These webinars are for students, staff, residents, and faculty members of UBC’s Faculty of Medicine, from all sites, and they are free of charge! Please distribute widely to all your networks. We will be most appreciative of your help during this promotion! Attached to this email is our promotional poster. 
Warm wishes,
Anosha AfaqProgram Director
Wellbeing Convene Webinars 

Stress First Aid as a form of Peer Support

Image created by Caroline Dance, UBC Medical Student.

“This model is not linear — we don’t need to work through all the steps. The key is to ask, ‘What is needed right now?’  For example, I observe that my colleague is anxious. Perhaps I can ask how they could feel more safe, calm, and competent to manage the distress.

It’s not easy to train in new skills to support our mental health when the race has already begun.  We are all going to cycle out of the green zone many times, regardless of our practice of self-care.  We need each other right now to provide peer support to help each of us notice when we’re moving to the right of the stress continuum and pause or pace ourselves so we can complete this marathon together.”

Learn more here on Stress First Aid as a form of Peer Support (This Changed My Practice) by UBC’s Dr. Joanna Creek.

CHES 2020 Celebration of Scholarship


The Centre for Health Education Scholarship will host the 10th Annual CHES Celebration of Scholarship virtually on Wednesday, October 7, 2020! Join us as we adapt to the changing environment and bring opportunities for the CHES community to showcase and share their work in a virtual format! This event will continue to celebrate the many accomplishments of the health professions education scholarship community.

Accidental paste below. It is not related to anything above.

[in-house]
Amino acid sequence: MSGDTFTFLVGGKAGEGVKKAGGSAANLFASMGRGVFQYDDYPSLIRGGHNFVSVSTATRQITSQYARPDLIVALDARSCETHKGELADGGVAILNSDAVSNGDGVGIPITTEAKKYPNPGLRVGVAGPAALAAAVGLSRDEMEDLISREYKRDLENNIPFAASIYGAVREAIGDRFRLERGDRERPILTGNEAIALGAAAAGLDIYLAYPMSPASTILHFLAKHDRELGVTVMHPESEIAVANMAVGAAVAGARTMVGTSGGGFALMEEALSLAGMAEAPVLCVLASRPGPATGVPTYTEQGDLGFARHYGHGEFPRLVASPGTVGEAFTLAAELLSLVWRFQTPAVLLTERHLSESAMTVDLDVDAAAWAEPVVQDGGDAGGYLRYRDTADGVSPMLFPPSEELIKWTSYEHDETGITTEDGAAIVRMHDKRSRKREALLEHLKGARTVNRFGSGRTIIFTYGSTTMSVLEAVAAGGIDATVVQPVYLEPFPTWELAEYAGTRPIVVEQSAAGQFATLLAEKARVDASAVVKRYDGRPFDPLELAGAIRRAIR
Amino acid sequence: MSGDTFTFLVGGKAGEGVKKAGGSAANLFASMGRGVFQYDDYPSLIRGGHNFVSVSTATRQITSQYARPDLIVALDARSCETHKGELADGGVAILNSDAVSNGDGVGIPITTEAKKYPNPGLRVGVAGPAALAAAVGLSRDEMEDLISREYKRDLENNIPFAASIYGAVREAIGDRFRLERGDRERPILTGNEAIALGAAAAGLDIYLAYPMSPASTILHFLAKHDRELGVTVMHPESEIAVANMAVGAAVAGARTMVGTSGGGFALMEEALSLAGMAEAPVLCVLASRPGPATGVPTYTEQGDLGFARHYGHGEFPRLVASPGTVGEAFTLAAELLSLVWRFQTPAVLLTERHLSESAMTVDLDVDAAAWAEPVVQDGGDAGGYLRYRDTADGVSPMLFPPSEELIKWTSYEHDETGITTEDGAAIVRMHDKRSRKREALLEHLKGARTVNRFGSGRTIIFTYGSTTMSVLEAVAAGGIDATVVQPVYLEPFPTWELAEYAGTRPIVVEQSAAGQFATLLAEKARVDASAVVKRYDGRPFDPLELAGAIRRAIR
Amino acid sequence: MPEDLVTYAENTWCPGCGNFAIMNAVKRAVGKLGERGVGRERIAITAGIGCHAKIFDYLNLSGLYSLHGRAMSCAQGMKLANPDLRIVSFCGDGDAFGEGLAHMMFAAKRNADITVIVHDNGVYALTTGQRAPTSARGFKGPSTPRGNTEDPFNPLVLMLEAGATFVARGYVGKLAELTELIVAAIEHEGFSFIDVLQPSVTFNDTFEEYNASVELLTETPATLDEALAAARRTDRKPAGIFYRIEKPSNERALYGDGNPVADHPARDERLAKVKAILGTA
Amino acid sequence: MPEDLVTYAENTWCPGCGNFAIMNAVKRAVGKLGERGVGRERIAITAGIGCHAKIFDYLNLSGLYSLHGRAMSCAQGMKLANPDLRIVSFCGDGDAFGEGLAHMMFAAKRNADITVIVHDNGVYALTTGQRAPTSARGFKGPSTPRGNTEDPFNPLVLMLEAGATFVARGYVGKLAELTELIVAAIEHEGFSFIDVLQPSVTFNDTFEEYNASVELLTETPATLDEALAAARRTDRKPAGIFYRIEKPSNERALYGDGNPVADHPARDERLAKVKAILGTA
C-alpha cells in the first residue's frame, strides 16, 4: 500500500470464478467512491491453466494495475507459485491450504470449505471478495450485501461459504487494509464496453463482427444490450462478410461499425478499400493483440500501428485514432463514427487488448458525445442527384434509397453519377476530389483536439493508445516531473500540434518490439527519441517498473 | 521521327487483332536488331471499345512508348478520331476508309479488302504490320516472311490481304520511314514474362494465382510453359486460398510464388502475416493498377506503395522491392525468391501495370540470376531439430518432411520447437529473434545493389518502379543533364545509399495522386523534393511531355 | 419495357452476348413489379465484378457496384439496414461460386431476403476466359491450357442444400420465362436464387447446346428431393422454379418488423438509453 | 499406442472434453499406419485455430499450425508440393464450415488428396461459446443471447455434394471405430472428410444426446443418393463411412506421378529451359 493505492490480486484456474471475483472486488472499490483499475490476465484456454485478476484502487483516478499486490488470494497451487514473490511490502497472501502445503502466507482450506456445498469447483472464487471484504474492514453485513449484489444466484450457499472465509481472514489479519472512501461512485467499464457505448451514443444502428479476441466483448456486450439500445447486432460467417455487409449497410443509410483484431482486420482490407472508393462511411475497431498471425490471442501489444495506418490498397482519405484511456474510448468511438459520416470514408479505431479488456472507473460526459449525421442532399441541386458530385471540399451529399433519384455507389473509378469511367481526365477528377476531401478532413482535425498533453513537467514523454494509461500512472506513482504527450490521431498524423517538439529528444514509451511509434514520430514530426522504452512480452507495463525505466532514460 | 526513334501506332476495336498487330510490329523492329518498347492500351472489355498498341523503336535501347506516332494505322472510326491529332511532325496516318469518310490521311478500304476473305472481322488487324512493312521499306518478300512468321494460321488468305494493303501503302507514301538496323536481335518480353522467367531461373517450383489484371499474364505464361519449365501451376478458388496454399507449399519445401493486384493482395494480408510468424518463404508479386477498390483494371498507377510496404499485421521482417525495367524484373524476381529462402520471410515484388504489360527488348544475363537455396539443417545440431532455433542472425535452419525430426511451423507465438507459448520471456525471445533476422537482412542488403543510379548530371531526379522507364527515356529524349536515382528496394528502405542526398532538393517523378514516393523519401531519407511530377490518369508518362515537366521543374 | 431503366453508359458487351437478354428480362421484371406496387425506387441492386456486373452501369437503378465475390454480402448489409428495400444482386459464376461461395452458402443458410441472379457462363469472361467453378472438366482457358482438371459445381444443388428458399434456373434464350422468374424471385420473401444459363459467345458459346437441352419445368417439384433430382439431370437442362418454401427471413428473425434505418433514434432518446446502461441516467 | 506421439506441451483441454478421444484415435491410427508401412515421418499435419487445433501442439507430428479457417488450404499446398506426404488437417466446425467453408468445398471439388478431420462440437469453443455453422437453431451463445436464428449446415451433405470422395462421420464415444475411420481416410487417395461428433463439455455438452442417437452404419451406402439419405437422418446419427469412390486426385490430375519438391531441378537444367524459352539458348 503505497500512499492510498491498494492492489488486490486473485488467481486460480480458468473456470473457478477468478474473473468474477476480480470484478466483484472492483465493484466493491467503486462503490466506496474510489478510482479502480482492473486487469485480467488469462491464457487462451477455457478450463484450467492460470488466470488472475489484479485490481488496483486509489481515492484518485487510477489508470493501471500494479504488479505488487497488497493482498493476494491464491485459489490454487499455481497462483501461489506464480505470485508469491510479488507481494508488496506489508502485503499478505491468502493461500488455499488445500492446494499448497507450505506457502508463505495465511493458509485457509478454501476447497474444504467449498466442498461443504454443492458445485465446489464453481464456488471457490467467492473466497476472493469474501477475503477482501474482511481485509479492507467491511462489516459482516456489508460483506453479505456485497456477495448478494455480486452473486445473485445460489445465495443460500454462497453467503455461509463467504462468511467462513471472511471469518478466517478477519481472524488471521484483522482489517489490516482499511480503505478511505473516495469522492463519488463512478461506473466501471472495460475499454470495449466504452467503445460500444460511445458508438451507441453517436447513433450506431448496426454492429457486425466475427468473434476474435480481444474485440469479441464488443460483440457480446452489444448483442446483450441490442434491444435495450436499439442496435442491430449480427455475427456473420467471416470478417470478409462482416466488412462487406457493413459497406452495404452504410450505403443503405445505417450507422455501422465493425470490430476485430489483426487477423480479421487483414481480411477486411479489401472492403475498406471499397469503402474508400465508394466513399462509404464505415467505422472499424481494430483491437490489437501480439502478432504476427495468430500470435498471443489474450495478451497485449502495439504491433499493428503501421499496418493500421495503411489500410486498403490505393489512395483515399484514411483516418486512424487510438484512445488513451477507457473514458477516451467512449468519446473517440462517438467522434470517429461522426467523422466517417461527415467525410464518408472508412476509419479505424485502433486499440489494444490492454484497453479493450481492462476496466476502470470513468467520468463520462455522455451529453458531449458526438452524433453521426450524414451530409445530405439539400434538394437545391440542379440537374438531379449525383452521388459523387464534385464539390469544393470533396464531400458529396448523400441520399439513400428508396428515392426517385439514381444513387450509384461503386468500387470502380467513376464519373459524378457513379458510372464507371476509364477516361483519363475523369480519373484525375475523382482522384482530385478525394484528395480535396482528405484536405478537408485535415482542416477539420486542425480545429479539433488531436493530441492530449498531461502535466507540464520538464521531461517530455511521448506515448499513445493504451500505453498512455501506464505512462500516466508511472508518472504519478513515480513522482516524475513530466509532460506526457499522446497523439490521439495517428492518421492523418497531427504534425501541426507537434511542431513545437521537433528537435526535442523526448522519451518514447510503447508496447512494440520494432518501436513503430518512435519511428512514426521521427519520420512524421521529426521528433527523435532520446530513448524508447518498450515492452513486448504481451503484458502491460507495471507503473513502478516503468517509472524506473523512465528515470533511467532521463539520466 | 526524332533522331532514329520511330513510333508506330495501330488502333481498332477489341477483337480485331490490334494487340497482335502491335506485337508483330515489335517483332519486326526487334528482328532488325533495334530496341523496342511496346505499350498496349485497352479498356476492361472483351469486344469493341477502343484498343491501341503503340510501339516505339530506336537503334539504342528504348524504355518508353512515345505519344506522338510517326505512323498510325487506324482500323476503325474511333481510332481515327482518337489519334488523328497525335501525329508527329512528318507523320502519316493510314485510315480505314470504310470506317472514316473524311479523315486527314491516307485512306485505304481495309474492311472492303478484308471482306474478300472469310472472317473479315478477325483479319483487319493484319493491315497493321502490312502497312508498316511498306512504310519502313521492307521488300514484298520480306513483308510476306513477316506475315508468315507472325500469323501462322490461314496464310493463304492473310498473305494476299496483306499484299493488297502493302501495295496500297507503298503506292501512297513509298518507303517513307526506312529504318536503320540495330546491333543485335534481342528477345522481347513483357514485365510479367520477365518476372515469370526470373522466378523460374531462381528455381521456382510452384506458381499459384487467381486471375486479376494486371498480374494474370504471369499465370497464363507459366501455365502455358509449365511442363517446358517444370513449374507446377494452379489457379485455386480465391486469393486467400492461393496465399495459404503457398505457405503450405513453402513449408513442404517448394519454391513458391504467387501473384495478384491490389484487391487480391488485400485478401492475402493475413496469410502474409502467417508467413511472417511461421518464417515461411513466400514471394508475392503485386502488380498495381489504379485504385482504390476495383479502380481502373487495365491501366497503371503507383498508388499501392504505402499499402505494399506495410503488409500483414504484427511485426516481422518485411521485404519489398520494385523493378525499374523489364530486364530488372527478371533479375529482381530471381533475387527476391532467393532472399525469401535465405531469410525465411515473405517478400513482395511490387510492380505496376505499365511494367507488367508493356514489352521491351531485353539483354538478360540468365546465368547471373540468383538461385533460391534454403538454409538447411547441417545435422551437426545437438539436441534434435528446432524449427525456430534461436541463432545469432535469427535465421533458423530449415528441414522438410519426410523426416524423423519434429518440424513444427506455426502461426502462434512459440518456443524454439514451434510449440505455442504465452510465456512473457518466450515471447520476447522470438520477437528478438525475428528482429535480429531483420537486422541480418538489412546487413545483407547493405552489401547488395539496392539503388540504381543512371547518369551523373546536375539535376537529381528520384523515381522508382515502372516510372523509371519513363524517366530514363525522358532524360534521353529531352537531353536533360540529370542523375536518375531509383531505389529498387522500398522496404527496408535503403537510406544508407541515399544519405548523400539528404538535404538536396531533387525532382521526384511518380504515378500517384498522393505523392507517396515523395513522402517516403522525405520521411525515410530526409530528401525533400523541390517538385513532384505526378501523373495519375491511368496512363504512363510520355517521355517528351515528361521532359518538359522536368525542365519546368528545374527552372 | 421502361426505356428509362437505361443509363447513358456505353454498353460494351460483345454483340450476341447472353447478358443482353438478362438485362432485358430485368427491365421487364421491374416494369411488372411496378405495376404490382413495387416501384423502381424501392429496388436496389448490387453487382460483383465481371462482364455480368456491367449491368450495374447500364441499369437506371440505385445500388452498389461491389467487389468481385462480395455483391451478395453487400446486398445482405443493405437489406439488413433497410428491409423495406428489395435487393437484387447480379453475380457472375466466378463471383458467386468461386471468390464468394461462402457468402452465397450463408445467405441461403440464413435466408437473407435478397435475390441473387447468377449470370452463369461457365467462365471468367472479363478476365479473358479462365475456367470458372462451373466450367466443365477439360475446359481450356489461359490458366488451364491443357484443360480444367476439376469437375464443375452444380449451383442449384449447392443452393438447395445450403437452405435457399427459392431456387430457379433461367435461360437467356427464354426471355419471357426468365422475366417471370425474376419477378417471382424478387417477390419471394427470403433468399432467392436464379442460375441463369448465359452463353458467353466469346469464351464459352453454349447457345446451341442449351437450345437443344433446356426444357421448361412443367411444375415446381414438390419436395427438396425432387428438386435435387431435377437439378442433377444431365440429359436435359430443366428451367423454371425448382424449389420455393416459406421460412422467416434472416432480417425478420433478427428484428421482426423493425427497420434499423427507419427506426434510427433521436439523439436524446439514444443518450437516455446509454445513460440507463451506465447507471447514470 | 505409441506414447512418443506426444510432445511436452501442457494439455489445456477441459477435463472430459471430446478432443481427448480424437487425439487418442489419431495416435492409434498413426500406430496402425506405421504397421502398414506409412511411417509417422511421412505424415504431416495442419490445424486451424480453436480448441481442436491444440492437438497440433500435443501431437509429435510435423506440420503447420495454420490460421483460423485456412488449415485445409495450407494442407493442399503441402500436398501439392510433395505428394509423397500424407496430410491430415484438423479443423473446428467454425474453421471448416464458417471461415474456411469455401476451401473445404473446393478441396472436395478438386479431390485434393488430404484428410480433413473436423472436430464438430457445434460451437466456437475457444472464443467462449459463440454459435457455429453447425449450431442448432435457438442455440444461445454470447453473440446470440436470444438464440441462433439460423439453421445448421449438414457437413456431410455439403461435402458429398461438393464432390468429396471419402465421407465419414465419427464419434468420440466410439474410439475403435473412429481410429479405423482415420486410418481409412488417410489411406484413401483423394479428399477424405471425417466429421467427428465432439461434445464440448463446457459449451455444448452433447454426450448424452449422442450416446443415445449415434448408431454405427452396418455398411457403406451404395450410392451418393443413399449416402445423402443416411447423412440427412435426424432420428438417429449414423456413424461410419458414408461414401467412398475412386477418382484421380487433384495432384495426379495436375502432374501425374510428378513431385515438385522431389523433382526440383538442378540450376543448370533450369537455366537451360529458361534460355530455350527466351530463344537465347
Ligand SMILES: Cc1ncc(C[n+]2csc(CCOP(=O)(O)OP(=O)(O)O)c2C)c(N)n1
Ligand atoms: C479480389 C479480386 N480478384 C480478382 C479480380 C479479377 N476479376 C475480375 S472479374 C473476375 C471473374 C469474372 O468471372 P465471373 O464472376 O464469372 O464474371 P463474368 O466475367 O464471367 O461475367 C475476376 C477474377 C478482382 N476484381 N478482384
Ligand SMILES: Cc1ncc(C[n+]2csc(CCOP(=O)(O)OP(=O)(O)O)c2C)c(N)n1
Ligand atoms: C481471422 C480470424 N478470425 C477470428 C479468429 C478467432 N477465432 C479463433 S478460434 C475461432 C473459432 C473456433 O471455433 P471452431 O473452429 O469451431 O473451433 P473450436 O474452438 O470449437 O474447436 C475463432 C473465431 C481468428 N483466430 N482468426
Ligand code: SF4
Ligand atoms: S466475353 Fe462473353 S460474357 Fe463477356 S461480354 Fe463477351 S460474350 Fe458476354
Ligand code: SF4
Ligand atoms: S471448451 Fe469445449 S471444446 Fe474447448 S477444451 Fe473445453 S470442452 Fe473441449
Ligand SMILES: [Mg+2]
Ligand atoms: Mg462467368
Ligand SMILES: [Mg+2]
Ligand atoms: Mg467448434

As we move the Celebration of Scholarship virtually, we look forward to offering you the same vibrant programming, impactful networking, and opportunities to reflect and connect over the emerging and prominent topics in our field. The virtual-version of our conference will include our regular offerings, including: Plenary Sessions, Oral and Poster Presentations, and time for networking and community building.

Register here.

Understanding the Role of Racism in Disease Treatment

D’Arcy Island, as seen by its west side by kayak. (Ebklassen/WikiCommons)

“‘We’ve heard many racial slurs from President Trump but also we’ve seen rises in anti-Asian violence, and anti-Asian racism in Canada, the U.S., and globally.’

When a disease is racialized, Mawani says, it can have a profound impact on how people are treated or cared for. In fact, a disproportionate number of COVID-related complications and deaths have affected Indigenous, Black and other communities of colour.

She says the history of the island can help us understand how racism continues to affect the way we treat disease.

‘We’re encouraged to believe that we’re all in this together, but we’re not.'”

More here on How a small B.C. island can help us understand the role of racism in disease treatment via CBC.